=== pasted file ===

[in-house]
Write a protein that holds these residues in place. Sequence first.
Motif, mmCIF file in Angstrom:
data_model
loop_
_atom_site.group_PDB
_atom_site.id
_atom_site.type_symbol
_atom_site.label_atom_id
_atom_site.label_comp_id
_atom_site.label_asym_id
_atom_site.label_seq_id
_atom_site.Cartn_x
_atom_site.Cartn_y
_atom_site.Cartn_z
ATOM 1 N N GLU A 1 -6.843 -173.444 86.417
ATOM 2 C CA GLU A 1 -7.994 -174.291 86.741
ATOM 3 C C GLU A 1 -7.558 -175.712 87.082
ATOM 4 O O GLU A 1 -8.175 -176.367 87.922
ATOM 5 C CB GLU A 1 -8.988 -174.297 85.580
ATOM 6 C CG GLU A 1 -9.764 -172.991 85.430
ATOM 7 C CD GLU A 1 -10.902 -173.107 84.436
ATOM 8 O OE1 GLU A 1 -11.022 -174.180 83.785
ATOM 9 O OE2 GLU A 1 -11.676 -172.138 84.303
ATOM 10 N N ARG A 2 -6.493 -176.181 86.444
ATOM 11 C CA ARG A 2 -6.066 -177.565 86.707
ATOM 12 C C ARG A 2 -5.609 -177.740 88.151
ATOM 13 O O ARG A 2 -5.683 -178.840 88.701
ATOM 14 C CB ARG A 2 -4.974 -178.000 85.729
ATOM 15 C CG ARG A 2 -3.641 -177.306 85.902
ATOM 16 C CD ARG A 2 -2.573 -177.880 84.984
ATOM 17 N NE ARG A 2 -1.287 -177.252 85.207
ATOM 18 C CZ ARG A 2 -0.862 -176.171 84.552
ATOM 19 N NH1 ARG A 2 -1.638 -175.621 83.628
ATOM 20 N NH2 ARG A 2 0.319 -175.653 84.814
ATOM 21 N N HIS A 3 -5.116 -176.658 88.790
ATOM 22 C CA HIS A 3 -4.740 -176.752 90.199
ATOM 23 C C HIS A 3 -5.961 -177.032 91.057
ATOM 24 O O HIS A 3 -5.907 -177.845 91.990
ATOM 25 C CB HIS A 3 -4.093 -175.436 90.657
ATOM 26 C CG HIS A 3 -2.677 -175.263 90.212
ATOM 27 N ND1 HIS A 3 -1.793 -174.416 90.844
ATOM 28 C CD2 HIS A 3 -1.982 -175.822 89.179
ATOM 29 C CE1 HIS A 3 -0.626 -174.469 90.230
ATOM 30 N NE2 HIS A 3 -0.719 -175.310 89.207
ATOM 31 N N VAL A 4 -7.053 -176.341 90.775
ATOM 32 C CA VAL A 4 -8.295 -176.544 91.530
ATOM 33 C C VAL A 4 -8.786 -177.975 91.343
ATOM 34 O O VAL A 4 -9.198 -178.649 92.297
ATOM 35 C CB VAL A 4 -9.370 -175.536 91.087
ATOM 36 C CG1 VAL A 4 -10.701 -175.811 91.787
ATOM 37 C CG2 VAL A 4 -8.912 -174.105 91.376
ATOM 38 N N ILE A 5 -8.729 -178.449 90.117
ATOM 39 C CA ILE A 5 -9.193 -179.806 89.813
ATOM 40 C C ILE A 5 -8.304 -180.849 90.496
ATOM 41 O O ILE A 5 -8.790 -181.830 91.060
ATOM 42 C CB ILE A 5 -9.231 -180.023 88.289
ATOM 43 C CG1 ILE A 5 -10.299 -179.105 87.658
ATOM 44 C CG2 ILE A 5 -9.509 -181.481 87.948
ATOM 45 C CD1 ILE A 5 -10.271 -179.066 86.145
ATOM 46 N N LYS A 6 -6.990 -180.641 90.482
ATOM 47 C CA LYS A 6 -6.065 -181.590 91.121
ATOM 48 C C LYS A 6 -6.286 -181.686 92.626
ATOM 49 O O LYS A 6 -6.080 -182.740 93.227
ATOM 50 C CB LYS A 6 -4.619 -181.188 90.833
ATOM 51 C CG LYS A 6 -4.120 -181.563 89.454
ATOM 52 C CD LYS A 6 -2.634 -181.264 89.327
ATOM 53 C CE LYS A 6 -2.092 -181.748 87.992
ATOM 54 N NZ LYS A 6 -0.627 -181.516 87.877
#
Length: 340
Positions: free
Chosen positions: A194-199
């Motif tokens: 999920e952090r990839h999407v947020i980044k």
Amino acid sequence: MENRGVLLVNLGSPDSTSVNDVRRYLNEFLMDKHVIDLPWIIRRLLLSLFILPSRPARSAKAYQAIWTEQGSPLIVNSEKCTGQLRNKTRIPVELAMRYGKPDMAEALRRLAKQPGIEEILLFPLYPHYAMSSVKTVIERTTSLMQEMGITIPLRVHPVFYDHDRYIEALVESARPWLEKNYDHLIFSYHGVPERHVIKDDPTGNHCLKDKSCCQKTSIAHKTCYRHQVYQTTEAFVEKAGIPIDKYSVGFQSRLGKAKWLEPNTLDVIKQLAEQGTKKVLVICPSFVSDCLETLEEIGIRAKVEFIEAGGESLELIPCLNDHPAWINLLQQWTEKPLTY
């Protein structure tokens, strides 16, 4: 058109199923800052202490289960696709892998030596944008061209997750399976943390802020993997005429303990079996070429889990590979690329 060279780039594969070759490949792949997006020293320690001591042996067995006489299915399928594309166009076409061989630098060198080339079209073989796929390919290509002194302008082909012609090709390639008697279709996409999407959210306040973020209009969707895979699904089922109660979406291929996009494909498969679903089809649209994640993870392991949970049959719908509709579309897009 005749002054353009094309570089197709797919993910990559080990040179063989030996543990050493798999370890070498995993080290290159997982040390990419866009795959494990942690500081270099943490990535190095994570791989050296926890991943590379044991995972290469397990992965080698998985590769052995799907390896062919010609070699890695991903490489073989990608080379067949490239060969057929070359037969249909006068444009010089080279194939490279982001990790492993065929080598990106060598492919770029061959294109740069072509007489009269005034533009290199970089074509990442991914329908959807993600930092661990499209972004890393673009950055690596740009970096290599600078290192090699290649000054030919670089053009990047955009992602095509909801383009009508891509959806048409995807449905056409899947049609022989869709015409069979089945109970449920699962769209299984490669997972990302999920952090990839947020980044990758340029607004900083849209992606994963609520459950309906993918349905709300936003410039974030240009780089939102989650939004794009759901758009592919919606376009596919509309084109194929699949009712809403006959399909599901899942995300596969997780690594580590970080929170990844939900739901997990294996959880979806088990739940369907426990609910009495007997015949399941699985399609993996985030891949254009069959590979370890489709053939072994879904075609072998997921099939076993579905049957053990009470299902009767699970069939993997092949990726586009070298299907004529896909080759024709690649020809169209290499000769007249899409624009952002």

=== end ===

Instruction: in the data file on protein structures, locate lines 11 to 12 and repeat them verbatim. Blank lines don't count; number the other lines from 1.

_atom_site.label_asym_id
_atom_site.label_seq_id